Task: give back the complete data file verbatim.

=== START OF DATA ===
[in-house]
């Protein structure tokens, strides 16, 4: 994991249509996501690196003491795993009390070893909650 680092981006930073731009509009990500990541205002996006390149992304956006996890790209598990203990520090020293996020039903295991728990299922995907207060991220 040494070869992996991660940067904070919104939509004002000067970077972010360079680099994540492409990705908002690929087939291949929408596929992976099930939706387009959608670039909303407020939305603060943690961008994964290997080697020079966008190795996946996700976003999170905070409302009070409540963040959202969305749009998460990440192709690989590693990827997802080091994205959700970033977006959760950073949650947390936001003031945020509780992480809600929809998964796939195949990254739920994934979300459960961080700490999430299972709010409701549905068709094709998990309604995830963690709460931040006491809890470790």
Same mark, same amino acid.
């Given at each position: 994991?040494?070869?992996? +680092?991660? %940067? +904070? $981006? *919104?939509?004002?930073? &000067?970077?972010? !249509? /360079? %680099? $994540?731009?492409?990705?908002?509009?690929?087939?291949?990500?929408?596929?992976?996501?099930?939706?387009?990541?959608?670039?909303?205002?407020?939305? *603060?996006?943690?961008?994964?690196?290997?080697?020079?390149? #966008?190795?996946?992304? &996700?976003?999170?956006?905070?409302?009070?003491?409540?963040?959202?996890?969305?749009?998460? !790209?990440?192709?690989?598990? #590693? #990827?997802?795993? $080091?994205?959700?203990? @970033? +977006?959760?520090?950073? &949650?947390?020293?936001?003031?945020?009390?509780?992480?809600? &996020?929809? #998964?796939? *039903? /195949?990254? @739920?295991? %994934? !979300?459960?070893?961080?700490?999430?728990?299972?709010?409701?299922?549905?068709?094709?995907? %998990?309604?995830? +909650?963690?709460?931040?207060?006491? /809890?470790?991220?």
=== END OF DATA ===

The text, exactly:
[in-house]
């Protein structure tokens, strides 16, 4: 994991249509996501690196003491795993009390070893909650 680092981006930073731009509009990500990541205002996006390149992304956006996890790209598990203990520090020293996020039903295991728990299922995907207060991220 040494070869992996991660940067904070919104939509004002000067970077972010360079680099994540492409990705908002690929087939291949929408596929992976099930939706387009959608670039909303407020939305603060943690961008994964290997080697020079966008190795996946996700976003999170905070409302009070409540963040959202969305749009998460990440192709690989590693990827997802080091994205959700970033977006959760950073949650947390936001003031945020509780992480809600929809998964796939195949990254739920994934979300459960961080700490999430299972709010409701549905068709094709998990309604995830963690709460931040006491809890470790």
Same mark, same amino acid.
């Given at each position: 994991?040494?070869?992996? +680092?991660? %940067? +904070? $981006? *919104?939509?004002?930073? &000067?970077?972010? !249509? /360079? %680099? $994540?731009?492409?990705?908002?509009?690929?087939?291949?990500?929408?596929?992976?996501?099930?939706?387009?990541?959608?670039?909303?205002?407020?939305? *603060?996006?943690?961008?994964?690196?290997?080697?020079?390149? #966008?190795?996946?992304? &996700?976003?999170?956006?905070?409302?009070?003491?409540?963040?959202?996890?969305?749009?998460? !790209?990440?192709?690989?598990? #590693? #990827?997802?795993? $080091?994205?959700?203990? @970033? +977006?959760?520090?950073? &949650?947390?020293?936001?003031?945020?009390?509780?992480?809600? &996020?929809? #998964?796939? *039903? /195949?990254? @739920?295991? %994934? !979300?459960?070893?961080?700490?999430?728990?299972?709010?409701?299922?549905?068709?094709?995907? %998990?309604?995830? +909650?963690?709460?931040?207060?006491? /809890?470790?991220?």